Monday, April 18, 2005

Geoff Stirling

Geoff Stirling (born St. John's, 1921) is the owner of a number of radio and television stations and a weekly newspaper in the Canadian province of Newfoundland and Labrador. In some circles, Stirling is regarded as an eccentric for the way in which he has used his media outlets to promote a variety of personal interests such as eastern mysticism and intestinal health. For example, he devoted many hours of, often unscheduled, broadcast time to conversations with gurus such as Ram Dass and Swami Shyam and to a variety of esoteric subjects ranging from pyramids to unidentified flying objects. When he watched his own television station he would sometimes phone the studio to order that a favorite tape immediately preempt the current broadcast or that the technician apply a particular effect to the screen.
He appeared in the 1974 documentary film Waiting for Fidel about a trip he made to Cuba along with former Newfoundland premier Joey Smallwood and director Michael Rubbo.
In 2001, Stirling was inducted into the CAB Broadcast Hall of Fame. He currently lives in Scottsdale, Arizona.


A nondual philosophical or religious perspective or theory maintains that there is no fundamental distinction between mind and matter. In Western philosophy, nondual views are often called monism. The term "nondual" is a literal translation of the Sanskrit term Advaita. Plotinus, Nagarjuna, Shankaracharya, F. H. Bradley, Aurobindo, Ramana Maharshi, Ram Dass, Ken Wilber, and Stuart Davis subscribe to nondual views of reality. Zen and Advaita Vedanta Hinduism are nondual views.
To the Nondualist, reality is ultimately neither physical nor mental. Instead, it is an ineffable state or realization. This ultimate thing can be called "Spirit" (Aurobindo), "Brahman" (Shankara), "God", "The One", "The All" (Plotinus), "The Self" (Ramana Maharshi), "The Absolute" (Schelling) or simply "The Nondual" (Bradley). Ram Dass calls it the "third plane"—any phrase will be insufficient, he maintains, so any phrase will do.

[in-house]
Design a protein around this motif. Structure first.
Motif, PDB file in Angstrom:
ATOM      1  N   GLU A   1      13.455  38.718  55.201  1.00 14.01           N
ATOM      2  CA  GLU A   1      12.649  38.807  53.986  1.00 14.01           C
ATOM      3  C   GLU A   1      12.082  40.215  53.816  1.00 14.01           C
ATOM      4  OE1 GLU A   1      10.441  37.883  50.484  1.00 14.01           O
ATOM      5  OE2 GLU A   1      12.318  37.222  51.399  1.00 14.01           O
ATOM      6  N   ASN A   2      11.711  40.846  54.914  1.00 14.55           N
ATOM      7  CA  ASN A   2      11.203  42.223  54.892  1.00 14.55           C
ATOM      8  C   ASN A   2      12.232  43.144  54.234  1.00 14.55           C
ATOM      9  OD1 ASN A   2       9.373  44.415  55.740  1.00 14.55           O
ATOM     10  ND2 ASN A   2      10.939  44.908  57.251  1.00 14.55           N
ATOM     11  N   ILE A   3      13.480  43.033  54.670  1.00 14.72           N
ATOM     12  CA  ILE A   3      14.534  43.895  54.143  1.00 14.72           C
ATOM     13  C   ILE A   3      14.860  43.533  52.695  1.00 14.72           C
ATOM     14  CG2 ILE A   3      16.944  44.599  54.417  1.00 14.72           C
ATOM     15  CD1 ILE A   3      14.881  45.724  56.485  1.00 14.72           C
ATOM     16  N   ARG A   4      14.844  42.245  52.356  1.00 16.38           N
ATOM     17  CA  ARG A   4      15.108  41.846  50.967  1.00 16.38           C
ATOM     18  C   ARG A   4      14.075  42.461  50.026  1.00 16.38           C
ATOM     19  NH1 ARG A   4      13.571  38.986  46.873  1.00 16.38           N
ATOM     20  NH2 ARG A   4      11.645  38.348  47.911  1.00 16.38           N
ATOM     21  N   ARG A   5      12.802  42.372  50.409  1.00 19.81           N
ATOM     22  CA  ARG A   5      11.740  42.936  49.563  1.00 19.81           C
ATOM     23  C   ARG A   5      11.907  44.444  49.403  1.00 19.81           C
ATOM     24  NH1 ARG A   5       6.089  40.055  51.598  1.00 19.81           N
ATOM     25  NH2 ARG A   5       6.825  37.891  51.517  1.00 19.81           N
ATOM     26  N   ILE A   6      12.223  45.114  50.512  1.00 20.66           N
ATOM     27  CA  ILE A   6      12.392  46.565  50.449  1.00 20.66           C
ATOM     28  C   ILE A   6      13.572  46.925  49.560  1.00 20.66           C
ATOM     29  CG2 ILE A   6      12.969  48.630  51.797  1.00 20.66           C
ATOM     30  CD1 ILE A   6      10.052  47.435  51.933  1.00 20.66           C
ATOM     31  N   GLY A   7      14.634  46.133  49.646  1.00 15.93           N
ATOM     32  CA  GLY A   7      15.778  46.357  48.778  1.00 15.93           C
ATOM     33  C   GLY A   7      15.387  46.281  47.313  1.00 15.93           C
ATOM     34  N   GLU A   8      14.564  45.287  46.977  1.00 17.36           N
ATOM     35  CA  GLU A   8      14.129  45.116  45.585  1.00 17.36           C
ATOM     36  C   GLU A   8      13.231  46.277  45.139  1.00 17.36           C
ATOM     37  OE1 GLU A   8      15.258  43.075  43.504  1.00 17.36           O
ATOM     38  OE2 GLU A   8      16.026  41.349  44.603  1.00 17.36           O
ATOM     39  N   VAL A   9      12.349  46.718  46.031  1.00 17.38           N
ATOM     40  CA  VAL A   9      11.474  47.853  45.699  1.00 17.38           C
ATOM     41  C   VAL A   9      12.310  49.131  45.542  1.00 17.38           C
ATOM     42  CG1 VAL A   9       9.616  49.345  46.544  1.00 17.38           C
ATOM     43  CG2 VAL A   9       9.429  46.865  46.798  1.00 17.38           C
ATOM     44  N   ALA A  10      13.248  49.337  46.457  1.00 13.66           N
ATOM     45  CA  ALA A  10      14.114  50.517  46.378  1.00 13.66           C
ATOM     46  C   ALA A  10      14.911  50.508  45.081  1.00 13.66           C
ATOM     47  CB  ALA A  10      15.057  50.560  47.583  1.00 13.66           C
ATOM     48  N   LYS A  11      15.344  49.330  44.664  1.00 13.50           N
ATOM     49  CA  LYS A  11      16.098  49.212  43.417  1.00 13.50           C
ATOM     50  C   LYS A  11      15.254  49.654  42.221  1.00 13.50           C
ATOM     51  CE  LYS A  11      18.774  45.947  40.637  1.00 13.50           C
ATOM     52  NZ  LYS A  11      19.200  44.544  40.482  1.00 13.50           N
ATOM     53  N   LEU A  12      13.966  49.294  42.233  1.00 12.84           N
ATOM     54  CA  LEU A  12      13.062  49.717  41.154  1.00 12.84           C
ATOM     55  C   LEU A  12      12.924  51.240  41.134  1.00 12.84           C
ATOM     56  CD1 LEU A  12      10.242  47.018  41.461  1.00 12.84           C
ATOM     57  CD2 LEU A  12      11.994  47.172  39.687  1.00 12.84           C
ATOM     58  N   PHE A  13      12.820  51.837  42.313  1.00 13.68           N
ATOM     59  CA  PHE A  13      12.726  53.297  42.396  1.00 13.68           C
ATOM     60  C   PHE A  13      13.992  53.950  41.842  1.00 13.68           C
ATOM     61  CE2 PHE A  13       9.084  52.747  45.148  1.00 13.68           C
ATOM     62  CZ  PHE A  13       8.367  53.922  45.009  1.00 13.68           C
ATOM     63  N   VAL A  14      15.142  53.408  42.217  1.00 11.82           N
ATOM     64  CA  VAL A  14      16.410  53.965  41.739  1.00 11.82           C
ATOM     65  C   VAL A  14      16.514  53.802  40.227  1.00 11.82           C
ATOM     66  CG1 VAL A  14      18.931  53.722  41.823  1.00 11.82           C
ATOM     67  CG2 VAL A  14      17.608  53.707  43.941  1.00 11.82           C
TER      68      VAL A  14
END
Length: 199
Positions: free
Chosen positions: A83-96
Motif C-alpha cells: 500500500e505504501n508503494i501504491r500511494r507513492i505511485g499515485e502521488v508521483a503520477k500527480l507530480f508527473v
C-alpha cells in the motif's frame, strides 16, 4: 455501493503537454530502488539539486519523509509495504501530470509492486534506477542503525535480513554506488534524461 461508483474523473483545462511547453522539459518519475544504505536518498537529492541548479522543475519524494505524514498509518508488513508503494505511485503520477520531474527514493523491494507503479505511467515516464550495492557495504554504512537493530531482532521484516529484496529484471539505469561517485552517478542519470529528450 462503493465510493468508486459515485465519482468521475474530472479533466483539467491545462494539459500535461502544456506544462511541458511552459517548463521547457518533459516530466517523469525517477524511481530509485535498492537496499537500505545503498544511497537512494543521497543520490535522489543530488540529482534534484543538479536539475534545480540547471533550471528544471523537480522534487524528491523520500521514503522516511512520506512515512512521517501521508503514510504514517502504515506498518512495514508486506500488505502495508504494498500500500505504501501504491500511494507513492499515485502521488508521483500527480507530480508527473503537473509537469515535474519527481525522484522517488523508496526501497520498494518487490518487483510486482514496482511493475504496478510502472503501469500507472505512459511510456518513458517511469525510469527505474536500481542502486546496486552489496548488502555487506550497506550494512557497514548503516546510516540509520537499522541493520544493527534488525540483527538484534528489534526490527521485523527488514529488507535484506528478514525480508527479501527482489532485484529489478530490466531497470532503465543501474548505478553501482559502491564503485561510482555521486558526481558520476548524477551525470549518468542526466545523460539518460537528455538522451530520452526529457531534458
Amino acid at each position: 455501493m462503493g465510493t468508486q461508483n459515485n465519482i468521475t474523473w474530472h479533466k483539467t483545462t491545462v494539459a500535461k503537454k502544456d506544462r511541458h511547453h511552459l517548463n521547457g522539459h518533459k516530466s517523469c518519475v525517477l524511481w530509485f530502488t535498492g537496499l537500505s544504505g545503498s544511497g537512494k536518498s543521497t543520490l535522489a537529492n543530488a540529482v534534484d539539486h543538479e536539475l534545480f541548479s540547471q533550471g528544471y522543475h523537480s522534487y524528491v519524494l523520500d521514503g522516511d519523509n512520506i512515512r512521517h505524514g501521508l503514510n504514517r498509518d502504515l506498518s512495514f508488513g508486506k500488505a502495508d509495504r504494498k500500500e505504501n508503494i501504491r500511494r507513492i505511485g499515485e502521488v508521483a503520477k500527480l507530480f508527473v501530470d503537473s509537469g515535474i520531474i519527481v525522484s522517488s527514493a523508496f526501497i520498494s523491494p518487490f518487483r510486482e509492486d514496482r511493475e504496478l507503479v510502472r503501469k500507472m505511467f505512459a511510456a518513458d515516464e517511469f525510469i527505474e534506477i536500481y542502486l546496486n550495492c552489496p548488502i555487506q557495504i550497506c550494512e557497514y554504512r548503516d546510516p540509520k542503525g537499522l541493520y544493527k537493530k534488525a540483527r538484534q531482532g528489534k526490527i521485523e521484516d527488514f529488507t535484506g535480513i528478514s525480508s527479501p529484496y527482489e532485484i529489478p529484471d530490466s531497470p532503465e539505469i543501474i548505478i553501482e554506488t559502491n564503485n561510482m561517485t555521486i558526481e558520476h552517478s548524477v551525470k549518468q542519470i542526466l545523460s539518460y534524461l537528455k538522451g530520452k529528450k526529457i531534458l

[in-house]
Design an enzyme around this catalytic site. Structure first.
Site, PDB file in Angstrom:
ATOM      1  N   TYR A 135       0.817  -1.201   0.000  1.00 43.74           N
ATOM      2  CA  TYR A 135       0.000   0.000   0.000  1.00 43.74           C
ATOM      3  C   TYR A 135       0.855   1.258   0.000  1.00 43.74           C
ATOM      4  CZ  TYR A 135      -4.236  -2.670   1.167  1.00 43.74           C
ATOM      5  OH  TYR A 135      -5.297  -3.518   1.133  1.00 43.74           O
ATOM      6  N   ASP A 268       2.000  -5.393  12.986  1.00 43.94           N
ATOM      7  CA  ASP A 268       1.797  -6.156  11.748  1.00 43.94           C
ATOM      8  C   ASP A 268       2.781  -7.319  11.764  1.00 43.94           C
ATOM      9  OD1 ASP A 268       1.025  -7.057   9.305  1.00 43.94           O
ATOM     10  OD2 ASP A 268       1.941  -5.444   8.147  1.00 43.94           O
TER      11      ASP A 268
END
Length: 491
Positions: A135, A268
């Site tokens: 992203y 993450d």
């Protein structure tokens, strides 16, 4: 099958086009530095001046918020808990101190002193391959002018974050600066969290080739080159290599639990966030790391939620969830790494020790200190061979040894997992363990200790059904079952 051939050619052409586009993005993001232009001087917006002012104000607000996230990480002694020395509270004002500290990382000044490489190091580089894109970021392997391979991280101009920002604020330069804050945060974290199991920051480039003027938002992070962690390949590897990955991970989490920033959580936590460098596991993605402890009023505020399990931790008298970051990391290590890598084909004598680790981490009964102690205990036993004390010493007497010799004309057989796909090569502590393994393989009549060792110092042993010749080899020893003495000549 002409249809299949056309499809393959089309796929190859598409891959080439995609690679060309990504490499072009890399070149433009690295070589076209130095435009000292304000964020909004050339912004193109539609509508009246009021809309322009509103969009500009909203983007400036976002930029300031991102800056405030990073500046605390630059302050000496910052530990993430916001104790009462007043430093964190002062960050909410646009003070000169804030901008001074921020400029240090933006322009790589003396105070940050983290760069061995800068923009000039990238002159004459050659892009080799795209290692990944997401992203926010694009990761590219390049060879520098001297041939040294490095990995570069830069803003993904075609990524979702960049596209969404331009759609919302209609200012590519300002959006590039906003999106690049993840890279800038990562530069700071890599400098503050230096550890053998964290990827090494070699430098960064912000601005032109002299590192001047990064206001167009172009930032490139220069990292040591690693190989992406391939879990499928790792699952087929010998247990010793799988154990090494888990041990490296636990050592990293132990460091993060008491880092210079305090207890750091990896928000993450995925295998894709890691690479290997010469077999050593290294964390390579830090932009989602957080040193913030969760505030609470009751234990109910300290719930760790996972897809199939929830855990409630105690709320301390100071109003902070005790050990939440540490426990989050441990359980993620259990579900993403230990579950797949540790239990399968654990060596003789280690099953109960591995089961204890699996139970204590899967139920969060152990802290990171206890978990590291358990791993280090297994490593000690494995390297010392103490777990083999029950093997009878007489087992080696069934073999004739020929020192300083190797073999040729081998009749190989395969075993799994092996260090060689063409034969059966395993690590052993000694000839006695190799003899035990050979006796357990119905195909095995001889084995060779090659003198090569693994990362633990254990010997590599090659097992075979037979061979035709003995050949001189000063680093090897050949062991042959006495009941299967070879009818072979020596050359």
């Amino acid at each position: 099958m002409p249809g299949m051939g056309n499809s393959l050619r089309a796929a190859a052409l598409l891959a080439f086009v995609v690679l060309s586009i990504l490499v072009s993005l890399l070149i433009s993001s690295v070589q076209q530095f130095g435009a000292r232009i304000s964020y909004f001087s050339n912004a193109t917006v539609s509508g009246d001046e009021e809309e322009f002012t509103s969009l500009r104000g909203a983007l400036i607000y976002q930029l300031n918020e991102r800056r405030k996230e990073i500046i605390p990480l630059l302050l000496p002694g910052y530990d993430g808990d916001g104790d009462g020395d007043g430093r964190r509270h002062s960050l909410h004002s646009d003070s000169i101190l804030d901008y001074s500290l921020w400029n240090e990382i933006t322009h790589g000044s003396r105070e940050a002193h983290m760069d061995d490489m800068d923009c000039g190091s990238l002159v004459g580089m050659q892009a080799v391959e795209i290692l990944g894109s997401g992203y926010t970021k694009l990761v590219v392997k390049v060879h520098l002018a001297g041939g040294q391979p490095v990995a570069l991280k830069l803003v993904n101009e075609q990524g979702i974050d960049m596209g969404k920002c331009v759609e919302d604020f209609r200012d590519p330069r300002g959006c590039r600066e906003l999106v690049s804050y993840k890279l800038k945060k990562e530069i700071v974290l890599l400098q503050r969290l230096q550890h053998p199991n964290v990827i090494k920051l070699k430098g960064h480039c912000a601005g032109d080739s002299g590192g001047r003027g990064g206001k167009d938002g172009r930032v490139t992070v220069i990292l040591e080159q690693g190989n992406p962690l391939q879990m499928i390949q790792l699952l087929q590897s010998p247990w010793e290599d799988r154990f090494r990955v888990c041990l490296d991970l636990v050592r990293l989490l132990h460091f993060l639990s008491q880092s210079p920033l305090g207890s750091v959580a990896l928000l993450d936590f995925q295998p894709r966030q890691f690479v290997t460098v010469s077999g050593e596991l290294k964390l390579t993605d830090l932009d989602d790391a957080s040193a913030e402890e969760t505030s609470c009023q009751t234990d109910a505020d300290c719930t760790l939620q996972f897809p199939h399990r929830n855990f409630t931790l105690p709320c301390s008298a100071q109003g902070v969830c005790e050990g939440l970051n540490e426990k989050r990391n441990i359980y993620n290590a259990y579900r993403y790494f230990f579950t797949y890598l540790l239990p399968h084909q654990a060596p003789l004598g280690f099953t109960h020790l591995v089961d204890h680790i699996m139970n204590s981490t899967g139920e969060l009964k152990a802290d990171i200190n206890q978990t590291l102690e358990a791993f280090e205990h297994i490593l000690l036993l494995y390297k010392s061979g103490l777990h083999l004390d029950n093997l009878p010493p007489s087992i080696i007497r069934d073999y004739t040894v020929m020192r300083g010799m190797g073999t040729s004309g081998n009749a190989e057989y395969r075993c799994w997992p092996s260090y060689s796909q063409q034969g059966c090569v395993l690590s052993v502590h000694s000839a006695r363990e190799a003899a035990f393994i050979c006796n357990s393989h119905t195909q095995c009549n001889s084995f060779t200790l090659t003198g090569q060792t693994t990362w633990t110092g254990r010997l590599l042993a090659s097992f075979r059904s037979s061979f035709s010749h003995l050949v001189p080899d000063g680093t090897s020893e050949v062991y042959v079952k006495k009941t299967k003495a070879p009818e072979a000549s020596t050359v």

It must be pointed out that technically there can be no such thing as a nondual view or theory or experience, only a realization of Oneness or nonduality. That is to say, nonduality can only be achieved through a mystical union with all. Thus, technically, there cannot truly be a verbal account of this union, only words that insufficiently point to the realization.

Ram Dass

Dr. Richard Alpert (born 1933), later known as Baba Ram Dass, was a professor of psychology at Harvard University who became well known for his controversial research program which studied the effects of LSD. He later converted to Hinduism and is currently one of the most prominent American Hindus. He was born to a prominent Jewish family in Boston, Massachusetts. His father, George Alpert, was one of Boston's most prominent lawyers and was also a railroad executive. Richard Alpert has two older brothers. He received a Bachelor of Arts Degree from Tufts University, a masters' degree from Wesleyan University and a doctorate degree from Stanford University.
Alpert worked closely with Dr. Timothy Leary at Harvard, where the two conducted many experiments on the effects of LSD. The pair were dismissed from the university in 1963 due to their controversial research on the Harvard Psilocybin Project. They relocated, and continued their experiments at a private mansion in New York (see LSD).
In 1967, Alpert travelled to India, where he became heavily involved in meditative practice and yoga. After meeting and becoming a devotee of Neeb Karori Baba, a Hindu guru in Uttar Pradesh, he changed his name to Ram Dass, meaning servant of God.
Upon his return to the United States, Alpert founded several organizations dedicated to expanding spiritual awareness and promoting spiritual growth. In February 1997, he suffered a stroke which left him with expressive aphasia, but he continues to give lectures at a variety of places.